AR# 61599


Vivado Implementation - Discussion of tool repeatability


Are Vivado results repeatable for identical tool inputs?


For the most part the answer is yes, Vivado should generate identical results between runs involving identical:

  • Design sources
  • Constraints
  • Tcl scripts and command sequences
  • Tool and command options
  • Vivado software version
  • Operating Systems

This applies to all parts of the design flow from HDL synthesis through bitstream generation. For example a build script should generate identical results when run repeatedly on the same system or when run on a similarly configured machine.

Results between different Operating Systems are generally repeatable but not guaranteed, particularly in the case of Linux vs. Windows.


Known Exceptions

Some flows and tool options do not guarantee repeatability. These include:

  • route_design -ultrathreads option: this option trades repeatability for faster compilation.
  • place_design -ultrathreads option: this option enables per-SLR multithreading for placement with a potentially different result compared to placement without the -ultrathreads option.
    The maximum number of threads, assigned using "set_param general.maxThreads" can also affect repeatability when using place_design -ultrathreads.
    If the maximum number of threads is less than the number of device SLRs, the per-SLR multithreading is disabled, giving a different result compared to placement with the maximum number of threads greater than to or equal to the number of device SLRs.
    Note that as of the 2020.2 release, place_design -ultrathreads is enabled by default when using the placer default settings or the directive options RuntimeOptimized and Quick. Additional directives might enable ultrathreads in a future release.
  • Loading a routed design checkpoint (DCP) and running post-route phys_opt_design might give different results compared to running post-route phys_opt_design immediately after route_design with the design already in memory in Vivado.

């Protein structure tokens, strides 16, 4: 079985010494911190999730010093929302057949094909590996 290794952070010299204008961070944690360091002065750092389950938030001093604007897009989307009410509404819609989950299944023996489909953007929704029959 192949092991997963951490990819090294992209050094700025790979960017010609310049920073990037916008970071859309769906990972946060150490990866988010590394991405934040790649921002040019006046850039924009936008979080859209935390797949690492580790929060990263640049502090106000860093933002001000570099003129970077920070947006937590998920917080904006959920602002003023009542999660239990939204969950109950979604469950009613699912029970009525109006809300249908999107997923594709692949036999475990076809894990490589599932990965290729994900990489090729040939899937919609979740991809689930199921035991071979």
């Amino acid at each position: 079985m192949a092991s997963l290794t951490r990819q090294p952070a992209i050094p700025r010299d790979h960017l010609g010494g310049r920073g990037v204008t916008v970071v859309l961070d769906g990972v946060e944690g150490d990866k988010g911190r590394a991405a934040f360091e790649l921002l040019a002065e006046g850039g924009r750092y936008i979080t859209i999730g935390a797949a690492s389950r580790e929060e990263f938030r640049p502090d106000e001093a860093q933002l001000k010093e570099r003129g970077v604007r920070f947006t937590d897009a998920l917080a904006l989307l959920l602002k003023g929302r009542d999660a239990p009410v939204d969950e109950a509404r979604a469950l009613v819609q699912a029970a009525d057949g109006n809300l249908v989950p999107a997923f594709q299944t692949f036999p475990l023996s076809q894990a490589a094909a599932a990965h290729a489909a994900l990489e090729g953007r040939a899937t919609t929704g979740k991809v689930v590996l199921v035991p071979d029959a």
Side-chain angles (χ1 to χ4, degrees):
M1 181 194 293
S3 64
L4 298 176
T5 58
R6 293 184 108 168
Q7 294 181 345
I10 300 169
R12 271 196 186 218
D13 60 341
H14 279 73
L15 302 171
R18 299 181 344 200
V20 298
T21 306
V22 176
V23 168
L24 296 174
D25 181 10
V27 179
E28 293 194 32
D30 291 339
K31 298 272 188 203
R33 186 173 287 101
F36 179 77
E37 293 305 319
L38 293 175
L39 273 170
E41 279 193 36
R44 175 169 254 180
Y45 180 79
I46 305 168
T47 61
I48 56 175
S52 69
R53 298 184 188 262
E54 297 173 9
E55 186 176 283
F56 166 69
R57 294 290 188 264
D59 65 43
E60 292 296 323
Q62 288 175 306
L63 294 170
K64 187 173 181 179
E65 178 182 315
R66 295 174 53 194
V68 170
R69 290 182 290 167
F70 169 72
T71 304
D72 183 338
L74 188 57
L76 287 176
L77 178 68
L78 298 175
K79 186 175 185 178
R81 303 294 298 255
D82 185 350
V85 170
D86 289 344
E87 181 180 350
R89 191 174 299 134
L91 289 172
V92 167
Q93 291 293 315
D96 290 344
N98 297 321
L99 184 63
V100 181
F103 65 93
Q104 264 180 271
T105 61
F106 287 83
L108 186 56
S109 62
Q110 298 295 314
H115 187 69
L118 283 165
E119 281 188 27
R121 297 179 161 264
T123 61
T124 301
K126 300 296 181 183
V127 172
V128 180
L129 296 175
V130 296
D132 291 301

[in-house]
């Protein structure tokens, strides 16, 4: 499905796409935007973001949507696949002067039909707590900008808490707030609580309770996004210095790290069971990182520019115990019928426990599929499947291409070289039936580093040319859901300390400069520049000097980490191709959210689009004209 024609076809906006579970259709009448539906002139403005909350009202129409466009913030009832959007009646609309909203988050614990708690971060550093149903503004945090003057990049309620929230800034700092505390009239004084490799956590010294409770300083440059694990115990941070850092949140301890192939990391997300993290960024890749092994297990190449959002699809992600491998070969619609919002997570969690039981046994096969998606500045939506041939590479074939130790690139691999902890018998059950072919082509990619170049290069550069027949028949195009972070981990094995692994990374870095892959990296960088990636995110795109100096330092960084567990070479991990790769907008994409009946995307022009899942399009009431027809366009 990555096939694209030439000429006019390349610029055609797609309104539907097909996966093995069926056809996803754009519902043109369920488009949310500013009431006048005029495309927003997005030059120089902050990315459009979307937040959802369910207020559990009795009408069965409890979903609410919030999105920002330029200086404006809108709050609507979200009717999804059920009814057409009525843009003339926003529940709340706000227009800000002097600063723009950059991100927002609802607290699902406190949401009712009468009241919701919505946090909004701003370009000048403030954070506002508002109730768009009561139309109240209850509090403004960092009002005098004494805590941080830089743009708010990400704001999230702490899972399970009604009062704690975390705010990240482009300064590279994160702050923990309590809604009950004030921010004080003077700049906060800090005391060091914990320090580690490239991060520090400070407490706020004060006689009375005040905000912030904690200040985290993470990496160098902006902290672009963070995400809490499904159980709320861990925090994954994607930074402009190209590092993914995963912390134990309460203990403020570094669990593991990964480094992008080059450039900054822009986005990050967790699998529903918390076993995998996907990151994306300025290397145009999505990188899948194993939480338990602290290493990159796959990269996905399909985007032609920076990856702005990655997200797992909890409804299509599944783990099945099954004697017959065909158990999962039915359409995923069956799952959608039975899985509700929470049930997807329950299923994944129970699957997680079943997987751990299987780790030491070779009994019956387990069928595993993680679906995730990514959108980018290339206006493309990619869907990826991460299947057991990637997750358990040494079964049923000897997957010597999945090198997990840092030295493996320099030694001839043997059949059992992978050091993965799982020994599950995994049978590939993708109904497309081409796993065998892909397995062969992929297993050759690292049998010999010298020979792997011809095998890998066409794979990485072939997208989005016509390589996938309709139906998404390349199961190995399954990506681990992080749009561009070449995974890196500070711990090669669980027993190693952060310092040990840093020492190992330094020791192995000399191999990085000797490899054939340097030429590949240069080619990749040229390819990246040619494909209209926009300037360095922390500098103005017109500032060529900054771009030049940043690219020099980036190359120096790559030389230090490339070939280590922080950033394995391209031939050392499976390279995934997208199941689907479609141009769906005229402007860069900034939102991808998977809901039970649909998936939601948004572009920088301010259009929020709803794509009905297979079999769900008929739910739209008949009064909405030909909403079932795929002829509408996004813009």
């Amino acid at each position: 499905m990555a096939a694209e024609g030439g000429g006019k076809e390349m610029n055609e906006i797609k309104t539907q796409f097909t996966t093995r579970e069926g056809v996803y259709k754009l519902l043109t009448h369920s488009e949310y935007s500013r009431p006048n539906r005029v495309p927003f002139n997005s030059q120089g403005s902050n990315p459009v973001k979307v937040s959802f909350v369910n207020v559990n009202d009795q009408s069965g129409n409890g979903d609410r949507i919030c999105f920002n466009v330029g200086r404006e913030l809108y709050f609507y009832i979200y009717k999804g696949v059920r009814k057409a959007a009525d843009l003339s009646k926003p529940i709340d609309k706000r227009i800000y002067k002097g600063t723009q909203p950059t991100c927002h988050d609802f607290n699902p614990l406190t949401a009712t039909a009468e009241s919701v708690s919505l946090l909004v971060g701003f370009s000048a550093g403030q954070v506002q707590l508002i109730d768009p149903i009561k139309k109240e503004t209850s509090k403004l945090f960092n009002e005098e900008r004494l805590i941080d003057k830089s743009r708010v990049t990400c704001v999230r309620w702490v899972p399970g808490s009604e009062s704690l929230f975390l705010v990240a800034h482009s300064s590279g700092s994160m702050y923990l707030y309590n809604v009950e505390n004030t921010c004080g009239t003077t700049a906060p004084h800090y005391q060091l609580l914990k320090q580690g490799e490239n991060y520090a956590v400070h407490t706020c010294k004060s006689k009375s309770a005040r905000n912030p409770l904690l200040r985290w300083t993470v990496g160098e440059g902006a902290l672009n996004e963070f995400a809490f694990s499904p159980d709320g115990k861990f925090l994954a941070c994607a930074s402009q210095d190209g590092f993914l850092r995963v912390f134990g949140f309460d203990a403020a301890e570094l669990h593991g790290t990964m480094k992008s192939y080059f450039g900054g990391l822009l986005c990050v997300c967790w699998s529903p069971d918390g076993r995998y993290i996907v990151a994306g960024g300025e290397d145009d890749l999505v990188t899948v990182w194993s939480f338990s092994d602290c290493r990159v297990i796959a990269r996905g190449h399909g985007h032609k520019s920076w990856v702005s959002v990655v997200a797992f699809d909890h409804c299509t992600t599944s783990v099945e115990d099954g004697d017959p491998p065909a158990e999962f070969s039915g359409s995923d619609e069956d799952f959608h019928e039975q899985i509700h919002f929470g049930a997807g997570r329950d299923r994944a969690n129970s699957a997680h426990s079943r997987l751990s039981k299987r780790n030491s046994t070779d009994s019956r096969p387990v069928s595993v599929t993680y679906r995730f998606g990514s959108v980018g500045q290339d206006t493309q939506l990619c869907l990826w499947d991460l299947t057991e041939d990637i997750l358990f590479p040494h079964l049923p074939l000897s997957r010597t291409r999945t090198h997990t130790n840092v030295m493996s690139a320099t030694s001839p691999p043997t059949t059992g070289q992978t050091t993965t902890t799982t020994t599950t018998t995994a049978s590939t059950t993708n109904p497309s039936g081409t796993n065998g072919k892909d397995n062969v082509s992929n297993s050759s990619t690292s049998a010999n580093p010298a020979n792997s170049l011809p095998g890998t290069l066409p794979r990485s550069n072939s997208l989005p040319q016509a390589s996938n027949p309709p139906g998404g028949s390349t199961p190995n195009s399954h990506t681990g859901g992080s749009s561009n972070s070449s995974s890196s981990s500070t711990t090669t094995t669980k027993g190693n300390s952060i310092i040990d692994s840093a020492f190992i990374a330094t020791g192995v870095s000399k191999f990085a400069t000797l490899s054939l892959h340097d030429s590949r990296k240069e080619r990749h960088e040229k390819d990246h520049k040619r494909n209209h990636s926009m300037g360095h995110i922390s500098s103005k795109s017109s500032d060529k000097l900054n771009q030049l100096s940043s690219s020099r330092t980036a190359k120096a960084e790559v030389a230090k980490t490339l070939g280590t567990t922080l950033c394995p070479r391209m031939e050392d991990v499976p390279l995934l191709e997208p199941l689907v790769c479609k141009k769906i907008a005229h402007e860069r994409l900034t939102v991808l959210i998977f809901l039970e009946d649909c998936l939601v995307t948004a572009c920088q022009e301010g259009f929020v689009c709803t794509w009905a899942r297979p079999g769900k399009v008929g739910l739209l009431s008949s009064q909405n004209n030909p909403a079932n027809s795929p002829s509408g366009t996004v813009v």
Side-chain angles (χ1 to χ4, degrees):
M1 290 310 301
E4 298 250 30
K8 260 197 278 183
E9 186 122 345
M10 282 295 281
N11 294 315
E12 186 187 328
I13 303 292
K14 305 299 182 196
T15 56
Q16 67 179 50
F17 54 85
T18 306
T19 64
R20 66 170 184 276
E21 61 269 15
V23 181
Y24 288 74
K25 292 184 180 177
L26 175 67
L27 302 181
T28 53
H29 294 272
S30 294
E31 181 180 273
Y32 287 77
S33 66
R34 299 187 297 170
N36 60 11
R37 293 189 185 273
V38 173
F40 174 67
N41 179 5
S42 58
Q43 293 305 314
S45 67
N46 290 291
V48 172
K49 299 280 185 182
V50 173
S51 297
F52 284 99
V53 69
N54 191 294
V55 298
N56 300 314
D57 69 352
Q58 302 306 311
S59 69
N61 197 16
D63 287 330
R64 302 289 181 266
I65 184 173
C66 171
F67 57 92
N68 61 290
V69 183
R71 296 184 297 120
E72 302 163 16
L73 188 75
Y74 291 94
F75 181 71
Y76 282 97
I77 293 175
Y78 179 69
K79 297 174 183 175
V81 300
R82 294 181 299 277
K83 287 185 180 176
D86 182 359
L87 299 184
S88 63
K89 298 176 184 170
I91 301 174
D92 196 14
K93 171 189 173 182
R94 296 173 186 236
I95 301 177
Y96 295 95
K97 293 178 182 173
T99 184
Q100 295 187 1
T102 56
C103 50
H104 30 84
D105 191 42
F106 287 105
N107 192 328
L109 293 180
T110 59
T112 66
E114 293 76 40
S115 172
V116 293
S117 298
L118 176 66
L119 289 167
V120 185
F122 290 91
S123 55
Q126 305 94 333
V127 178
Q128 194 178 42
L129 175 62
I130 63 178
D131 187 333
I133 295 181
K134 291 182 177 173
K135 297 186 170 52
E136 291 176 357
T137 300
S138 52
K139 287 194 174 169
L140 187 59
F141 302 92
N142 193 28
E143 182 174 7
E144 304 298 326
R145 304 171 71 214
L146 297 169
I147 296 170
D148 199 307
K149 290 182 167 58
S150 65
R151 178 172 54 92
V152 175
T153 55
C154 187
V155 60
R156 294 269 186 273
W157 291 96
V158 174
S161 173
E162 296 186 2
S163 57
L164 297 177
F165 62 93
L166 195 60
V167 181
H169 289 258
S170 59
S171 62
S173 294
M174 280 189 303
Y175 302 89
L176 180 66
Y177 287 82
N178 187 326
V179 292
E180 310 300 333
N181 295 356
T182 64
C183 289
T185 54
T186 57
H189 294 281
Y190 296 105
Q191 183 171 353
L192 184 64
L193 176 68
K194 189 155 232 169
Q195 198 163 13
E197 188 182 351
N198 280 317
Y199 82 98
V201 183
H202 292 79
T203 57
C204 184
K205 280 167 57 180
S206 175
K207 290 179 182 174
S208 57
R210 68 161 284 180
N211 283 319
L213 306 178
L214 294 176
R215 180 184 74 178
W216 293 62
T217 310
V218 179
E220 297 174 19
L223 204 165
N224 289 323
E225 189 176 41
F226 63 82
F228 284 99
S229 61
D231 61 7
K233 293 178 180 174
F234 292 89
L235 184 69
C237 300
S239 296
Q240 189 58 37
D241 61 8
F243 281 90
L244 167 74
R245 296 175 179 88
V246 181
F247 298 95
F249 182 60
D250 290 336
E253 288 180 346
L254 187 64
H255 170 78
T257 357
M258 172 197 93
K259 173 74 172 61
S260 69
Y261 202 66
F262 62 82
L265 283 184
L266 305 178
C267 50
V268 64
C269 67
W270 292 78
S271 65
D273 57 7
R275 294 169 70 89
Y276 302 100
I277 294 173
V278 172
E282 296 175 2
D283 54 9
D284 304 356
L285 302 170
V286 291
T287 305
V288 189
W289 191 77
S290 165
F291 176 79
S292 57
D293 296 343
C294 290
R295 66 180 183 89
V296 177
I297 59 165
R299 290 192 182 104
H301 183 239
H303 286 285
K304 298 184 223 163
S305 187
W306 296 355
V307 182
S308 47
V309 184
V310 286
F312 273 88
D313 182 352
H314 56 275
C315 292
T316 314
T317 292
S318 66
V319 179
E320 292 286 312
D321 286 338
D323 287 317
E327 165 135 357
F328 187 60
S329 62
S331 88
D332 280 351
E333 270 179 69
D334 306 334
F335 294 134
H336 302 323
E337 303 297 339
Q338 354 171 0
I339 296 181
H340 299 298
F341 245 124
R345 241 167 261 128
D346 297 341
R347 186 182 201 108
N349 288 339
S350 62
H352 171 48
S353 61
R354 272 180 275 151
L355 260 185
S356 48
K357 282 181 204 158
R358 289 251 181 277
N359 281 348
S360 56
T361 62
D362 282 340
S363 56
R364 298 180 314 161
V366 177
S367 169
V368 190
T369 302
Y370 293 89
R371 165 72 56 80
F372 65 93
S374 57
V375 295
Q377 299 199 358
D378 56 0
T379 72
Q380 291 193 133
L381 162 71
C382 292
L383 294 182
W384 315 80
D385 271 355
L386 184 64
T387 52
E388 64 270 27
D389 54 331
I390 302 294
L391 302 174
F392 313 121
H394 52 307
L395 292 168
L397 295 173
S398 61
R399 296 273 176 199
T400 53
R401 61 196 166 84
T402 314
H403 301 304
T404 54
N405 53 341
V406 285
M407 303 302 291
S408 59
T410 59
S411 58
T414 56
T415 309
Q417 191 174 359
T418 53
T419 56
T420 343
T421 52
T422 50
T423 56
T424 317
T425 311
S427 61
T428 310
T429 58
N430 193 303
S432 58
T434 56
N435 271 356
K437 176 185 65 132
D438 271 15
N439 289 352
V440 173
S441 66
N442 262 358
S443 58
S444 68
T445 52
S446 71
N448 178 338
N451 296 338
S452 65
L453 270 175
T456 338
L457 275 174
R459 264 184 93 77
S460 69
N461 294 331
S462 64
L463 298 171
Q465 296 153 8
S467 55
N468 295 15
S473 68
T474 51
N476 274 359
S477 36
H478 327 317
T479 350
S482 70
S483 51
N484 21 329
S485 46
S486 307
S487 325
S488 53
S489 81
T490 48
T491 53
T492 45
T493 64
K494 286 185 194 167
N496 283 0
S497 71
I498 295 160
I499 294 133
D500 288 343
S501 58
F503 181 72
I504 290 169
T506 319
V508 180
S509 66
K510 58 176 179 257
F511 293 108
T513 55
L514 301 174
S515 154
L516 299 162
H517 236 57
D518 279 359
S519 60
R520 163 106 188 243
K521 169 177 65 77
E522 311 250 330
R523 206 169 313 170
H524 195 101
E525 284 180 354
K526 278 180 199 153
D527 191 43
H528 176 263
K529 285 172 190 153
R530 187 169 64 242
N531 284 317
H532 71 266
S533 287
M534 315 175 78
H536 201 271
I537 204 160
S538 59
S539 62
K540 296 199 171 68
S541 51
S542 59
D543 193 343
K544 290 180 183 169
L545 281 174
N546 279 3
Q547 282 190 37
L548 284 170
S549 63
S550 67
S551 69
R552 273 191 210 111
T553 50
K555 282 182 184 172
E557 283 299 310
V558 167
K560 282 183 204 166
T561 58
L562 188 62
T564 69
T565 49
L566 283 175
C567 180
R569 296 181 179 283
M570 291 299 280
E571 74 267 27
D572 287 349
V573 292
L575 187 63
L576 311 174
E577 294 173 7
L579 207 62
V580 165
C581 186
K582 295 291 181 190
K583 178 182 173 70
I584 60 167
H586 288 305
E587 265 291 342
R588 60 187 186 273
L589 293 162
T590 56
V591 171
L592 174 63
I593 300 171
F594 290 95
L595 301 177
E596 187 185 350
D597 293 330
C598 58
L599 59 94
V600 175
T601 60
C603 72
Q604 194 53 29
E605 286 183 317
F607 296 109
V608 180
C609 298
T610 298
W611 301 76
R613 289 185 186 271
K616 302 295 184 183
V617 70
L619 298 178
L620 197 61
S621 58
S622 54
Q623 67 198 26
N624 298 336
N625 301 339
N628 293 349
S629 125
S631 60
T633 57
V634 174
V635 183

Identifying repeatability issues

The most common symptoms of divergent runs are different post-route timing results. If you suspect a case of non-repeatability and have verified that the tool inputs are identical, you can further verify divergence using checksums.

Vivado reports a checksum in the log at each intermediate stage of each implementation command, a signature based on the design netlist and physical data.

Checksums can be compared between different runs and checksum mismatches help identify where results diverge.

Example: The checksums below begin to diverge and thereafter never converge. If all inputs are identical then this is likely a repeatability issue.



Checkpoints vs in-memory runs

Checkpoints should produce repeatable results compared to the equivalent in-memory design flow. Consider the following command sequences, one running the entire design flow in memory and the other re-entering the flow at phys_opt_design using the placed checkpoint from the in-memory flow.

These two runs should give identical results. Although checksums might differ due to netlist sorting differences after the open_checkpoint command, checksums should converge after the first implementation command which is phys_opt_design:


Each implementation command automatically sorts the netlist before running to ensure netlist consistency, so that results do not diverge due to netlist differences. There might be rare cases where results diverge between in-memory and checkpoint flows but results are repeatable between the two.


Reporting Non-Repeatability

If you encounter non-repeatability with identical inputs as described in the Solution introduction, please open a Service Request and provide a test case that demonstrates the problem.

Without a test case it might be difficult to pinpoint and fix any problems but it helps to supply as much information as possible.

Non-repeatability between Linux and Windows is expected to occur occasionally and the recommended solution is to restrict Vivado runs to Linux-only or Windows-only.

Work-arounds for Non-Repeatability

If you encounter a non-repeatability issue and repeatability is absolutely critical to your design environment, the following can help maximize repeatability:

Running in single-threaded mode.

When using different number of CPUs between runs, simultaneous threads might execute operations in different orders and cause diverging results, even when run using the same machine and OS.

To run in single-threaded mode, use the following:

set_param general.maxThreads 1

This disables multithreading and eliminates associated repeatability issues.

Eliminate known sources of non-repeatability

Refer to the earlier section on Known Exceptions to repeatability and ensure that none of those situations are present.

Running on the same machine or running on machines using the same OS.

This reduces the chances of encountering non-repeatability due to the way core functions and system calls are implemented from one operating system to another, especially in the case of Windows vs. Linux.

The chances are further reduced by

1) Fine-tuning the environment to eliminate all of the following scenarios:

  • Different versions of the same operating system
  • Different service pack levels (Windows)
  • Different distributions or different patch levels (Linux)

2) Eliminating differences in computing hardware:

  • Use the same general physical and virtual memory capacity.
  • Use the same processor architectures and same number of cores.
  • If using virtual machines, ensure that you are using identical configurations.


AR# 61599
Date 04/23/2021
Status Active
Type General Article
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